Guyana seeks higher royalties, revamped terms for new oil contracts

A worker puts finishing touches on exhibit booths at the Offshore Technology Conference in Houston, Texas, U.S., August 14, 2021. REUTERS/Gary McWilliams

HOUSTON, Aug 17 (Reuters) - Guyana aims to increase its oil royalties and revamp other contract terms as part of a new profit-sharing agreement (PSA) for future crude and gas projects now in its draft stage, the South American nation's vice president said on Tuesday.

The tiny country has become one of the most desired oil exploration hot spots after an Exxon Mobil-led group (XOM.N), including U.S.-based Hess Corp (HES.N) and China's CNOOC Ltd (0883.HK), discovered about 9 billion barrels of recoverable oil and gas off its coast.

Guyana expects this year to install an energy regulatory body and it will this month disclose the winner of a one-year contract to market of oil production from the prolific Stabroek block.

The new PSA will be tougher than that negotiated with the Exxon consortium and could be ready "within six months or so," said Vice President Bharrat Jagdeo on the sidelines of the Offshore Technology Conference in Houston.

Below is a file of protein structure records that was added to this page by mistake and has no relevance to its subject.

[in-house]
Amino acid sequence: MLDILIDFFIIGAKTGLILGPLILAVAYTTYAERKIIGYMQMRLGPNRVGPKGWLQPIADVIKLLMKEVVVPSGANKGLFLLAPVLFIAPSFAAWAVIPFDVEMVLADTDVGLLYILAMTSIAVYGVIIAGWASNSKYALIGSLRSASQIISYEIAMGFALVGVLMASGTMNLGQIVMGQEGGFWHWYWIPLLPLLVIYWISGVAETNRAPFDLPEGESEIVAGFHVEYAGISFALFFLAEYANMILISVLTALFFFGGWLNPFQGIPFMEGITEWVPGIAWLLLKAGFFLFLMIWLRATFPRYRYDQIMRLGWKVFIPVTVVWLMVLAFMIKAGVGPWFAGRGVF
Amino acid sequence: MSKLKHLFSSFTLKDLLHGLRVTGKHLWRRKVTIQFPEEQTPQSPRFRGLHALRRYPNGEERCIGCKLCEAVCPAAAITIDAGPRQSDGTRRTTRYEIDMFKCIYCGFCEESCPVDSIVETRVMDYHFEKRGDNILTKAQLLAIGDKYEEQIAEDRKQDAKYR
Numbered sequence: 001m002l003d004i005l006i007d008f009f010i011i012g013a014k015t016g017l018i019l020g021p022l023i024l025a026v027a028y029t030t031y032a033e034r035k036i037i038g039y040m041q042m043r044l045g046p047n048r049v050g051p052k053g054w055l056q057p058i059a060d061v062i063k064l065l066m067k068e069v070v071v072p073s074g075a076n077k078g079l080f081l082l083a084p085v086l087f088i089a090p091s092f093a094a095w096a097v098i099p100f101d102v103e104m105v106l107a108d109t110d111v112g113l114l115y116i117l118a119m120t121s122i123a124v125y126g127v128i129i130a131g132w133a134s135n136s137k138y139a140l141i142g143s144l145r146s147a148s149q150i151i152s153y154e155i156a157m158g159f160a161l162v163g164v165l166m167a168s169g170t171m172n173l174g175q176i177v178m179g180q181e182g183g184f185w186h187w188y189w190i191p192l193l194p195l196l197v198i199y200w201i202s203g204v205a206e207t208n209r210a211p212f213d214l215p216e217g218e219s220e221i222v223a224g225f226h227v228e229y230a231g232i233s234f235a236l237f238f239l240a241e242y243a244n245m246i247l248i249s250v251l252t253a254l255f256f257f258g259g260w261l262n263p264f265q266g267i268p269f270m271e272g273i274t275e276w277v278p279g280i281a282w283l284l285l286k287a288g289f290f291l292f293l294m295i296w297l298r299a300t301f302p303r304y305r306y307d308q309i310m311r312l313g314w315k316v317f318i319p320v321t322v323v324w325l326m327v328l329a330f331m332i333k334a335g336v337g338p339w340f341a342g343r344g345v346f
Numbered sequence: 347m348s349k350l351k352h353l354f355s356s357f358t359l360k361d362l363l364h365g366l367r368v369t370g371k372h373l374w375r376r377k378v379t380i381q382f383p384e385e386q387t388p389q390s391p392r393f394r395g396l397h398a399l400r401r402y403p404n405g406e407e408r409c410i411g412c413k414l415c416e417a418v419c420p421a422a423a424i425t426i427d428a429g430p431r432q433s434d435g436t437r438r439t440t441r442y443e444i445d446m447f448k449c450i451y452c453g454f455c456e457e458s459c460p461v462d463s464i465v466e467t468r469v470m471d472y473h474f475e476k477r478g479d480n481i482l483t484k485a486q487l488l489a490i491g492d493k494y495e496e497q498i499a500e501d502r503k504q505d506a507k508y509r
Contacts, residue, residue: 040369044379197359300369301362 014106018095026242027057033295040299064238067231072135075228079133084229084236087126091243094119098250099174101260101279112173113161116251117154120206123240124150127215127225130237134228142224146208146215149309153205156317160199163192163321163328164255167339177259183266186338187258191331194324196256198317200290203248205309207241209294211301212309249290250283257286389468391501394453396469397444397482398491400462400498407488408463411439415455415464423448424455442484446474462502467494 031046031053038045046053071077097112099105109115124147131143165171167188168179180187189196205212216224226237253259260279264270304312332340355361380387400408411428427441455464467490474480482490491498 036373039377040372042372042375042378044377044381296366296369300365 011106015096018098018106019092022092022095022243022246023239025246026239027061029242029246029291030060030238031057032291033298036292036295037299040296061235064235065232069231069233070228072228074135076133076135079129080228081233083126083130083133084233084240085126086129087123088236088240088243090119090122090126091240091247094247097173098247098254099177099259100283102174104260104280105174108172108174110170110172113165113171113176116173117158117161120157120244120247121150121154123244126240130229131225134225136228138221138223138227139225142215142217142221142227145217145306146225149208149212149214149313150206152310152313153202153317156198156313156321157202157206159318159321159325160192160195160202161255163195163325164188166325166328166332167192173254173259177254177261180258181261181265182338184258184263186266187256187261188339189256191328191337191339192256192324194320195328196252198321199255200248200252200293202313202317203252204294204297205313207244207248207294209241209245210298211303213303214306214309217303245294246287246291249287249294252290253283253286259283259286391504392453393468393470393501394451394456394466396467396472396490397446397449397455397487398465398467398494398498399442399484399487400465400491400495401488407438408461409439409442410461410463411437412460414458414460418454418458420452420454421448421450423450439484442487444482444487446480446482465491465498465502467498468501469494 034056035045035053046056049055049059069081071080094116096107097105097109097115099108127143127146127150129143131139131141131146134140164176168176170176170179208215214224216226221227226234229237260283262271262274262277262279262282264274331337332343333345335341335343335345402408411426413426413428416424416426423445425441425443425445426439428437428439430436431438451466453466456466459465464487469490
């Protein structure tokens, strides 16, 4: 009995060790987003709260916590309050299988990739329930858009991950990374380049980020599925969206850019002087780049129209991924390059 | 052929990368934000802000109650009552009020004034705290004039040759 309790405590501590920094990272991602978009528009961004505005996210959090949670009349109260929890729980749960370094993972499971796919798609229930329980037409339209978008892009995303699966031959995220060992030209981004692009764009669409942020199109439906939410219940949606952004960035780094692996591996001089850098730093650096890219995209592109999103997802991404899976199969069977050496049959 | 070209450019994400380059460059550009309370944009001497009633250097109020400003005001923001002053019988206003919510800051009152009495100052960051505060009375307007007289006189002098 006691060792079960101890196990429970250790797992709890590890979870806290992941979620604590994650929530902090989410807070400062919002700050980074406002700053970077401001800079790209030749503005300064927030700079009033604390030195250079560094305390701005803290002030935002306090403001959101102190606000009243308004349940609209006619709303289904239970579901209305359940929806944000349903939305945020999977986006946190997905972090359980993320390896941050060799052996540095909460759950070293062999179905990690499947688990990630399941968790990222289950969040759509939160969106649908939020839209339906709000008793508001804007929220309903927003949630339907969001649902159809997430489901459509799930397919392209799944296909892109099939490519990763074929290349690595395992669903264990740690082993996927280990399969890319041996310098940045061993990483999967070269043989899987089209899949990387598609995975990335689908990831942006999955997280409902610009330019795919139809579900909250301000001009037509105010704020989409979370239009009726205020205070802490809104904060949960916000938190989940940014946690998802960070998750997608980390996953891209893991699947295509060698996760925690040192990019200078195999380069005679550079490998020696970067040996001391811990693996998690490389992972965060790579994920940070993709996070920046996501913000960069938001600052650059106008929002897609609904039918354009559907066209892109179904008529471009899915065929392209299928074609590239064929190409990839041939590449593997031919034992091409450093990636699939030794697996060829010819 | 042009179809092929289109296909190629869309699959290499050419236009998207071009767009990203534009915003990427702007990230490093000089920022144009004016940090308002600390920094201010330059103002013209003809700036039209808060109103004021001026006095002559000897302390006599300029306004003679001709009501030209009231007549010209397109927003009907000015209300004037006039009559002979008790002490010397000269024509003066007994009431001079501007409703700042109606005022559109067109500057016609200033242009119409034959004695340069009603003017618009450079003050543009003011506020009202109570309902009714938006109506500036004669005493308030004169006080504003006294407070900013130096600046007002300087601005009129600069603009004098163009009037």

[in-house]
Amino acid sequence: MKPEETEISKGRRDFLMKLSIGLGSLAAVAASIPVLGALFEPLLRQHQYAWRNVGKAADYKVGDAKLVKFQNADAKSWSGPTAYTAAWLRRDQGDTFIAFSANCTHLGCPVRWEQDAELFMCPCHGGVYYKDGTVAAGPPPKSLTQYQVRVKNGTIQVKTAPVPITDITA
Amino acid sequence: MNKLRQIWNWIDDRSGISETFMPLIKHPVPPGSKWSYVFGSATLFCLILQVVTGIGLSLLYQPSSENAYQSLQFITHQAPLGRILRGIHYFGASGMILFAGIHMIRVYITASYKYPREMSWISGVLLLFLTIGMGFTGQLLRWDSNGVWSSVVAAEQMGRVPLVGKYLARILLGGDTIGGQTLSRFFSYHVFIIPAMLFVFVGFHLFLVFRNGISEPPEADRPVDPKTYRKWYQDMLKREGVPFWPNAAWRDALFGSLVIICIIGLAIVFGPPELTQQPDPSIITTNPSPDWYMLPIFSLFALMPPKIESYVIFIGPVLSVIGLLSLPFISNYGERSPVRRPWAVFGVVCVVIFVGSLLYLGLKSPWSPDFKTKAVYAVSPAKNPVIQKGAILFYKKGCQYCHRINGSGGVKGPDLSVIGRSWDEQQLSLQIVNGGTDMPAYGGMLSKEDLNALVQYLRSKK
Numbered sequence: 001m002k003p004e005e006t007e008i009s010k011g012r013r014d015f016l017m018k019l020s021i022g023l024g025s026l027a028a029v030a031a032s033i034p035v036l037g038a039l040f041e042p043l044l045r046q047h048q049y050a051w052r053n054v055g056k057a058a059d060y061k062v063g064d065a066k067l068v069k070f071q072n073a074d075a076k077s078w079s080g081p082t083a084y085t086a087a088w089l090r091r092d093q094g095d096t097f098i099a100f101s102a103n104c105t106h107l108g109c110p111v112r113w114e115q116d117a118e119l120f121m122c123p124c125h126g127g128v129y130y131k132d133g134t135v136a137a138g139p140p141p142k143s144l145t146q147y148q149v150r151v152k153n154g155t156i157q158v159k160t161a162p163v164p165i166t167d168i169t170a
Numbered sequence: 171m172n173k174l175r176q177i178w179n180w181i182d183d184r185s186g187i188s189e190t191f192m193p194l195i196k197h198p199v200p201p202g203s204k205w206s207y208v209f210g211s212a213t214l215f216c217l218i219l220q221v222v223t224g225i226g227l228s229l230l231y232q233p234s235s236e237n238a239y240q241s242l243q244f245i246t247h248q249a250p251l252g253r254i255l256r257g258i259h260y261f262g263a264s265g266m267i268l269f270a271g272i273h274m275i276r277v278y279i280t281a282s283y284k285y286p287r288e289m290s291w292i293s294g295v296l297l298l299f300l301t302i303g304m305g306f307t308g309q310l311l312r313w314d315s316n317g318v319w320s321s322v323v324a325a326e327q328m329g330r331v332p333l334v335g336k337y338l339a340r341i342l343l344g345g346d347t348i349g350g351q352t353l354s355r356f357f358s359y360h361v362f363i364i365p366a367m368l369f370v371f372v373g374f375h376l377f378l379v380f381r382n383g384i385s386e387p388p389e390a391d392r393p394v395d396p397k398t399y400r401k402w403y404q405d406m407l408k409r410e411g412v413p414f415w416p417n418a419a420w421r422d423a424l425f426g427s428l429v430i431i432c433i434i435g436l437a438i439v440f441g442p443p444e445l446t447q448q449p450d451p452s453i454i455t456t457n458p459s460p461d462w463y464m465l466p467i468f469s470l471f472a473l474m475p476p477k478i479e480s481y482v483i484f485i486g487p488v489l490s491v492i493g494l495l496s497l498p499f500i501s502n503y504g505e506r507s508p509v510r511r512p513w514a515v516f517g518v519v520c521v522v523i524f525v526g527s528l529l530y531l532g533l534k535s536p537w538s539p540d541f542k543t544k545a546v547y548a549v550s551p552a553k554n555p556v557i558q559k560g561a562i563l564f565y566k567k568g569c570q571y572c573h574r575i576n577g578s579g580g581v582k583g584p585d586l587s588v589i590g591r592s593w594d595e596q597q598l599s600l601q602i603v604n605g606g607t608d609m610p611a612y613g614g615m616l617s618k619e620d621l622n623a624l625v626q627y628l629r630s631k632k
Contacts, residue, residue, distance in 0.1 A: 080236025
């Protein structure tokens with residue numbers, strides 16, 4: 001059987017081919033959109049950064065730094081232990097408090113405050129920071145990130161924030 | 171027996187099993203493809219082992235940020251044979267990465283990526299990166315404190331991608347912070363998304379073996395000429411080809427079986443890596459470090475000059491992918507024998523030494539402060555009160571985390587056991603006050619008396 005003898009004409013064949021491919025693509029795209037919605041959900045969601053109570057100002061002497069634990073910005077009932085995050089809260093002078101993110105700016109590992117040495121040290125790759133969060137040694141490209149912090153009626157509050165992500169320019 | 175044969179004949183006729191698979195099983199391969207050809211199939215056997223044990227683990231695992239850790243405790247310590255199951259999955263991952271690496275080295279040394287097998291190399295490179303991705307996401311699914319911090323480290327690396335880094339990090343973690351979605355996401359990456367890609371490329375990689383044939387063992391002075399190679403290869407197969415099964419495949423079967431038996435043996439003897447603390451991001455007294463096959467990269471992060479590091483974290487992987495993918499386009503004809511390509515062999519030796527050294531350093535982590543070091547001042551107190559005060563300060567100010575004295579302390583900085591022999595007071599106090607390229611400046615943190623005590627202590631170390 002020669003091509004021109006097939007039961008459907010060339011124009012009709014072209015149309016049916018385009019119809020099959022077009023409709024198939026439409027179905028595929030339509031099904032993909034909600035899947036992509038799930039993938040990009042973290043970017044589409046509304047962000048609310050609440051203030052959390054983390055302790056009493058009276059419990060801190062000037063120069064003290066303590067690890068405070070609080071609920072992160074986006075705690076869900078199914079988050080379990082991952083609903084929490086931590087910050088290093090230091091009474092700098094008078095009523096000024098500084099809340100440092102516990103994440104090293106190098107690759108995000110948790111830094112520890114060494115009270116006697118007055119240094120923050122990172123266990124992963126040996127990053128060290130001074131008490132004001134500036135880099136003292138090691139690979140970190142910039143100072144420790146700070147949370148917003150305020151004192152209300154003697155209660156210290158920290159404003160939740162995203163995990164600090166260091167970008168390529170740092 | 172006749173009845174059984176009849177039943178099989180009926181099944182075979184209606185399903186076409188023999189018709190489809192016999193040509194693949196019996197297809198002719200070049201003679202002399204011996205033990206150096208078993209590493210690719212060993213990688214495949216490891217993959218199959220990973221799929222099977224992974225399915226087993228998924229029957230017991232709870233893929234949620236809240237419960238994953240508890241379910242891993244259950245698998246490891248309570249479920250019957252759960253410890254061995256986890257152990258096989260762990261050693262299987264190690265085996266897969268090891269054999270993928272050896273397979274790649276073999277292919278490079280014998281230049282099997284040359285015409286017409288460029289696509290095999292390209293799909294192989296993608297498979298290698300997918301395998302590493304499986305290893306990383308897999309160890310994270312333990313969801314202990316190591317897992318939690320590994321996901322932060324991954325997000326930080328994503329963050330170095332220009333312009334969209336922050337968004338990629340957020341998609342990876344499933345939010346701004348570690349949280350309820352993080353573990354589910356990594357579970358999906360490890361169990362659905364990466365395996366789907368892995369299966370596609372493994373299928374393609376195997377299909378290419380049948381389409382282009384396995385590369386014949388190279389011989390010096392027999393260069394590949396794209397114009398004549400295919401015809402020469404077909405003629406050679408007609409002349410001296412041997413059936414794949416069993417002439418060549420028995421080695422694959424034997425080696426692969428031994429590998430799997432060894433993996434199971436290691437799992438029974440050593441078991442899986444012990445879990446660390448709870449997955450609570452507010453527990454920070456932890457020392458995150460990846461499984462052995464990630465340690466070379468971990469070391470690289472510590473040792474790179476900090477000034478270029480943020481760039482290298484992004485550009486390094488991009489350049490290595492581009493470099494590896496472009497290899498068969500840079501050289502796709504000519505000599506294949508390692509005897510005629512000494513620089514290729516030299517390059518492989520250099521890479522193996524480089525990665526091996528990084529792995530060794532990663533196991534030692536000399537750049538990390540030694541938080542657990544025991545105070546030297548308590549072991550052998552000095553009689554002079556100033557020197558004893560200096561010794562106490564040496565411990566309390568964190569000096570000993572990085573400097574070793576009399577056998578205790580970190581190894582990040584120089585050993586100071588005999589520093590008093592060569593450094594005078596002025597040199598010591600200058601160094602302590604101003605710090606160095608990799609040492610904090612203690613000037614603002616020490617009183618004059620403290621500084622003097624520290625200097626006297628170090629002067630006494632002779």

The government has been at odds with Exxon over flaring at its Liza project, the first one producing crude in Guyana after discoveries.

"We have made it clear that in any new PSA we negotiate for those blocks, the conditions will be very, very different than the ones from the Stabroek block," Jagdeo said, including higher royalties and mechanisms for deducting costs from investment.

Previous Guyanese governments have been criticized for the lucrative terms provided to companies involved in the Stabroek block.

"All the deficiencies of this contract will be addressed," he said.

The International Energy Agency, a group of oil-consuming nations, this spring said if governments wanted to achieve net zero carbon emissions by 2050, there would be no need for new fossil fuel developments. A United Nation panel last month also said burning fossil fuels causes climate warming.

"We have been called to leave our oil in the ground," he said. "We'll develop our oil industry putting in place regulations for safe, low carbon operations."

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Reporting by Marianna Parraga and Sabrina Valle; Editing by Sonya Hepinstall, Dan Grebler and Cynthia Osterman

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Thomson Reuters

Focused on energy-related sanctions, corruption and money laundering with 20 years of experience covering Latin America's oil and gas industries. Born in Venezuela and based in Houston, she is author of the book "Oro Rojo" about Venezuela's troubled state-run company PDVSA and Mom to three boys.